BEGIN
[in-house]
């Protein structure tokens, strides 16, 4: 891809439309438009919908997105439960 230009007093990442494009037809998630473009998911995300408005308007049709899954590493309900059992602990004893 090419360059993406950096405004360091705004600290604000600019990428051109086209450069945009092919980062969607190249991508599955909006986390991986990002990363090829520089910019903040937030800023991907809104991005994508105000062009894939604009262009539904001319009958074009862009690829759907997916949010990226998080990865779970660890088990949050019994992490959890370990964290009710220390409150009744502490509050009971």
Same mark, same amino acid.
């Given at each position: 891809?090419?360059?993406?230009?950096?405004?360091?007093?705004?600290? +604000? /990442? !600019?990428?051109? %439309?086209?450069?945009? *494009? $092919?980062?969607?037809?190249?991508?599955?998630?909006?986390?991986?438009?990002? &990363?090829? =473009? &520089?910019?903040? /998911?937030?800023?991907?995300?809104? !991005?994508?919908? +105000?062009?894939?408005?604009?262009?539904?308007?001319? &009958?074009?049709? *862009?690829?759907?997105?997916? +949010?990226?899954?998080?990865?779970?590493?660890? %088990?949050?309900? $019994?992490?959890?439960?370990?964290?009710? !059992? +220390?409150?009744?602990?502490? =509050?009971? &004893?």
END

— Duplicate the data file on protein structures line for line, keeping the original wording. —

[in-house]
């Protein structure tokens, strides 16, 4: 891809439309438009919908997105439960 230009007093990442494009037809998630473009998911995300408005308007049709899954590493309900059992602990004893 090419360059993406950096405004360091705004600290604000600019990428051109086209450069945009092919980062969607190249991508599955909006986390991986990002990363090829520089910019903040937030800023991907809104991005994508105000062009894939604009262009539904001319009958074009862009690829759907997916949010990226998080990865779970660890088990949050019994992490959890370990964290009710220390409150009744502490509050009971």
Same mark, same amino acid.
């Given at each position: 891809?090419?360059?993406?230009?950096?405004?360091?007093?705004?600290? +604000? /990442? !600019?990428?051109? %439309?086209?450069?945009? *494009? $092919?980062?969607?037809?190249?991508?599955?998630?909006?986390?991986?438009?990002? &990363?090829? =473009? &520089?910019?903040? /998911?937030?800023?991907?995300?809104? !991005?994508?919908? +105000?062009?894939?408005?604009?262009?539904?308007?001319? &009958?074009?049709? *862009?690829?759907?997105?997916? +949010?990226?899954?998080?990865?779970?590493?660890? %088990?949050?309900? $019994?992490?959890?439960?370990?964290?009710? !059992? +220390?409150?009744?602990?502490? =509050?009971? &004893?």